Howard County Blog

A Blog on what is going on in Howard County

Wednesday, December 26, 2007

Bun Penny Closing

A friend just forwarded me this email from the daughter of the owner on Bun Penny:

Hello, my name is McKenzie Ditter. My father owns Bun Penny in the Columbia Mall and I regret to tell you that we will be closing down at some point in the next three weeks. Bun Penny stopped being profitable quite a long time ago, but my father now cannot even break even thanks to the mall's skyrocketing rent. I'm not sure how often you update your blog, but I'd appreciate it if you could mention this as soon as possible. The sooner I can get the word out, the better.

The Bun Penny market and cafe has been a part of the Columbia Mall for nearly forty years, and my family has owned it for the past eighteen. We have always struggled to survive in the mall, but after General Growth Properties' acquisition of the Rouse Company, it has become impossible. The day before this Thanksgiving, my father was notified that Bun Penny must leave the mall by January 15th. Just as they decided that Columbia no longer needed the Poinsettia Tree, they have decided that Bun Penny no longer has a place in the Columbia Mall.

Until now, my family has kept news of our closure a secret from customers and employees for fear of jeopardizing the final shipments from our food distributors. Now, with Christmas passed, I think it is safe to spread the word. I'd like Columbia to recognize the plight of small businesses in the profit-before-people culture fostered by companies like GGP. I want people to see how far the new owners of Columbia are straying from James Rouse's initial vision. My family has been struggling to pay an ever-increasing rent of $38,000 a month to a company based in Chicago that shows little to no regard for the traditions and institutions of Columbia .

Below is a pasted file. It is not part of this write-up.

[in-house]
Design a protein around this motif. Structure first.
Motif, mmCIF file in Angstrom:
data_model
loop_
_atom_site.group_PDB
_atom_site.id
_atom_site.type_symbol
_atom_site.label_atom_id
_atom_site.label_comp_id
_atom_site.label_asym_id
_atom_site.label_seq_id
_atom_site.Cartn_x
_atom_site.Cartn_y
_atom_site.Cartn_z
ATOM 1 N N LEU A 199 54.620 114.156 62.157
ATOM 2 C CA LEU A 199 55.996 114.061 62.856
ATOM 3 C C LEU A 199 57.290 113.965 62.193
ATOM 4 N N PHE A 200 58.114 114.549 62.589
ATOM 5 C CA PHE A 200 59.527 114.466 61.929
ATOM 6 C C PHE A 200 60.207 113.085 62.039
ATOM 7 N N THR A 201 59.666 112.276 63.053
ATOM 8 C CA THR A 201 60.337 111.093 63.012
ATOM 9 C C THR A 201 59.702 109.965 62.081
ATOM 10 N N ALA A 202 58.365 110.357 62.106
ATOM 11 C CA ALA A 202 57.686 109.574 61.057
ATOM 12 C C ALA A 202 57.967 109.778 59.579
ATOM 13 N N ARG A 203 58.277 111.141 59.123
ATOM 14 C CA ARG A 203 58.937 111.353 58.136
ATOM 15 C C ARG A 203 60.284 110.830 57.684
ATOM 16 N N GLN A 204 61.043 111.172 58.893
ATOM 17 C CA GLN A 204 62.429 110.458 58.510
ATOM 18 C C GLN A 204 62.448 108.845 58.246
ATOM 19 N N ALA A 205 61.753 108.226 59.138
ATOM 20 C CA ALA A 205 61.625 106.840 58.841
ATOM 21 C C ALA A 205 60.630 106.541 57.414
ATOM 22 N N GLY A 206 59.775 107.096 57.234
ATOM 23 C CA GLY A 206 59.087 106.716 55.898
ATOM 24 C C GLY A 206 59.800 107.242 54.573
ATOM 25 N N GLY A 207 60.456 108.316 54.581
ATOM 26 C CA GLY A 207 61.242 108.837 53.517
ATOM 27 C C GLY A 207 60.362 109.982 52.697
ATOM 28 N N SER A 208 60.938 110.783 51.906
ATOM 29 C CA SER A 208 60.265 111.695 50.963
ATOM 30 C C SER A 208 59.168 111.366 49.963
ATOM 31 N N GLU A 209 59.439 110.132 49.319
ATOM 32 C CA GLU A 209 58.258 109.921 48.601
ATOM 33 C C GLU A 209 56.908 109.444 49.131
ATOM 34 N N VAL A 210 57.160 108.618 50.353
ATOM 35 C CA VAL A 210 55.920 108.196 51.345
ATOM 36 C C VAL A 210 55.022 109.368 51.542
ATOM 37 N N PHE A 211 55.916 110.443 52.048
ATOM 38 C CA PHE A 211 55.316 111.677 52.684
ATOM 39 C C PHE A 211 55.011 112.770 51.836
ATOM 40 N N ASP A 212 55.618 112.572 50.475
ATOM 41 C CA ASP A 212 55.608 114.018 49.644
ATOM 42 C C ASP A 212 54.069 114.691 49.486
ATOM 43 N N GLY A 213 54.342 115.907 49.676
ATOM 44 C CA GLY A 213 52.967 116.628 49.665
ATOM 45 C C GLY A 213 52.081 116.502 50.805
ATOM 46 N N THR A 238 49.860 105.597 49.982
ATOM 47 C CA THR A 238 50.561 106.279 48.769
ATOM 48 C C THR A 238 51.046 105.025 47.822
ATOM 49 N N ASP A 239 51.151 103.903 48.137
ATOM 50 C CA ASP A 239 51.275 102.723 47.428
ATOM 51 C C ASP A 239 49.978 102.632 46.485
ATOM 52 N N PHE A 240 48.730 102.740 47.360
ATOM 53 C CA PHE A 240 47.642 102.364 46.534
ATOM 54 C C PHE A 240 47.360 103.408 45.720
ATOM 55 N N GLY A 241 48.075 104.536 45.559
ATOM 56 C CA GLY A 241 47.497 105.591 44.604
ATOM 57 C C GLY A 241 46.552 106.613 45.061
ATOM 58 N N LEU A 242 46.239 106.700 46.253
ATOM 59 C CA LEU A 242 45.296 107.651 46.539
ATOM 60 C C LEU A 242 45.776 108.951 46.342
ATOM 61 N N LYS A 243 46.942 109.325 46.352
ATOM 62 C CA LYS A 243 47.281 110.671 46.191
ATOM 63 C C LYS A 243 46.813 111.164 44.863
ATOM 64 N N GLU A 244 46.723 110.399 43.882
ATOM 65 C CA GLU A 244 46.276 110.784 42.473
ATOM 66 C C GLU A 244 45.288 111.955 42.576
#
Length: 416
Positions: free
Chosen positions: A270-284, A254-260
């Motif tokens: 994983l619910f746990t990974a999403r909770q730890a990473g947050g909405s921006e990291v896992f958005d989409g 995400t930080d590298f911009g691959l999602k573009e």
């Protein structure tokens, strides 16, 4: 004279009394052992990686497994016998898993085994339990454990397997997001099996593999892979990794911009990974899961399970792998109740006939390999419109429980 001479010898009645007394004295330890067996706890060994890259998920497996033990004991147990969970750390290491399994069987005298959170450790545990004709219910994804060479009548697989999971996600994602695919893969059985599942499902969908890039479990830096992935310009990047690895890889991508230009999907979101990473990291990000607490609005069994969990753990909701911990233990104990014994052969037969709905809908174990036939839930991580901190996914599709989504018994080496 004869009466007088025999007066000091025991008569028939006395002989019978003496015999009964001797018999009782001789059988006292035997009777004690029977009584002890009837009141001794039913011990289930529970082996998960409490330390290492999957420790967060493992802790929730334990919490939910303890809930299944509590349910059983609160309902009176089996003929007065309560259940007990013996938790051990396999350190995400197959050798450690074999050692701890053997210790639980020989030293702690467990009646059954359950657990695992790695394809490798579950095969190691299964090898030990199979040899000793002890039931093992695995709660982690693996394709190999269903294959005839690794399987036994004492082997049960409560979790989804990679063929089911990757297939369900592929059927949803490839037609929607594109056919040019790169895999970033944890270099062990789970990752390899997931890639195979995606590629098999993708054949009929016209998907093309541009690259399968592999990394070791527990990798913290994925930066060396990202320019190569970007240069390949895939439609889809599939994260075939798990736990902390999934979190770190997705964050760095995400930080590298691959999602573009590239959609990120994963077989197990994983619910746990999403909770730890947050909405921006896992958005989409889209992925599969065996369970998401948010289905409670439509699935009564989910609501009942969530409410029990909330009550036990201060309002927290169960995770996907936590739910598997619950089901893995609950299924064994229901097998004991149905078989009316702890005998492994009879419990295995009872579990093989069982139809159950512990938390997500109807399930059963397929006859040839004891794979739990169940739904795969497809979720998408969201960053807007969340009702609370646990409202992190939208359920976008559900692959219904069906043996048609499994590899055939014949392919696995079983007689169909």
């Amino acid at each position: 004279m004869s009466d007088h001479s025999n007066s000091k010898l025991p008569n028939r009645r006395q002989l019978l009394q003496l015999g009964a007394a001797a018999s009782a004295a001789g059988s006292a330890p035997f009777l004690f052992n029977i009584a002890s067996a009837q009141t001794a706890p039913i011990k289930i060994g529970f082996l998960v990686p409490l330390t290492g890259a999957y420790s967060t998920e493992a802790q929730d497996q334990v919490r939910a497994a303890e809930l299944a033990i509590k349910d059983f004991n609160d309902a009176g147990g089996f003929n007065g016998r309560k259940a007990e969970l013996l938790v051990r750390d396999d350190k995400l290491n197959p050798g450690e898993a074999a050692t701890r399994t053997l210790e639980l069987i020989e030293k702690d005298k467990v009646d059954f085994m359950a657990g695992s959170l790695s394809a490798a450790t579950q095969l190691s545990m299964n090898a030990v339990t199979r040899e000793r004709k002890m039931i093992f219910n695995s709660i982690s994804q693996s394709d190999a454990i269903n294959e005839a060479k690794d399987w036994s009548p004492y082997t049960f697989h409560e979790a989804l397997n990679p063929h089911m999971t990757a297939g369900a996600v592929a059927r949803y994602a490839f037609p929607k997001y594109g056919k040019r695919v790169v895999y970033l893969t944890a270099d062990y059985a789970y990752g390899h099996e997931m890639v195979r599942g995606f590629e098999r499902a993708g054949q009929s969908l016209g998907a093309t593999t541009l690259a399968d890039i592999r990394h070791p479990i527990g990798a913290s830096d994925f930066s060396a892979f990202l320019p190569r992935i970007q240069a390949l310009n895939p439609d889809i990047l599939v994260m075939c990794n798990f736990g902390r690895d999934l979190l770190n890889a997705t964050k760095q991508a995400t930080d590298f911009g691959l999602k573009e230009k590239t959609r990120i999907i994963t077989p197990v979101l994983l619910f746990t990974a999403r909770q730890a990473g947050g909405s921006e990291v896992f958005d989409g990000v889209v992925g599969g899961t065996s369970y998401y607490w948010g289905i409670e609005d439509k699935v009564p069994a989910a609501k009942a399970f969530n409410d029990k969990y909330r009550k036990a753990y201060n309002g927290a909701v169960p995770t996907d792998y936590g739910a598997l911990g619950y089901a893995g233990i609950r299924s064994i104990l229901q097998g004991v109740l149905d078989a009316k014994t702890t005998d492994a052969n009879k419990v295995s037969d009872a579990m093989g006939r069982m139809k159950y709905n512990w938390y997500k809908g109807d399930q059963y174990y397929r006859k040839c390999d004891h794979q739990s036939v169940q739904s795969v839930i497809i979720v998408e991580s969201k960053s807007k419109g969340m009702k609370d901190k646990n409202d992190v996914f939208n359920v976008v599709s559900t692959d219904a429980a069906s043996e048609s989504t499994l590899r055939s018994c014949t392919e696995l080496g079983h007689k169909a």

I don't know what the future holds for Bun Penny, but knowing that it will no longer be a part of the mall is sad. As much as I dislike the superficiality of what the mall has become, it's hard to forget that it has been a second home to my father, mother, brother and me for as long as I can remember. As a little girl, I played in the straw barrels that we used for gift baskets. I threw temper-tantrums in front of customers, had countless crushes on cute deli boys twice my age, and broke more bottles of wine than I can remember. I collected coffee beans from the ground, made sandwich signs and window murals, sewed tablecloths, and catered the beautiful weddings of some of Columbia 's most powerful residents. I can make a gift basket with my eyes closed and recite the prices of hundreds of cracker boxes and jellies and teas in my sleep. For better or worse, Bun Penny has been an extremely important part of my life, and I know I am not alone.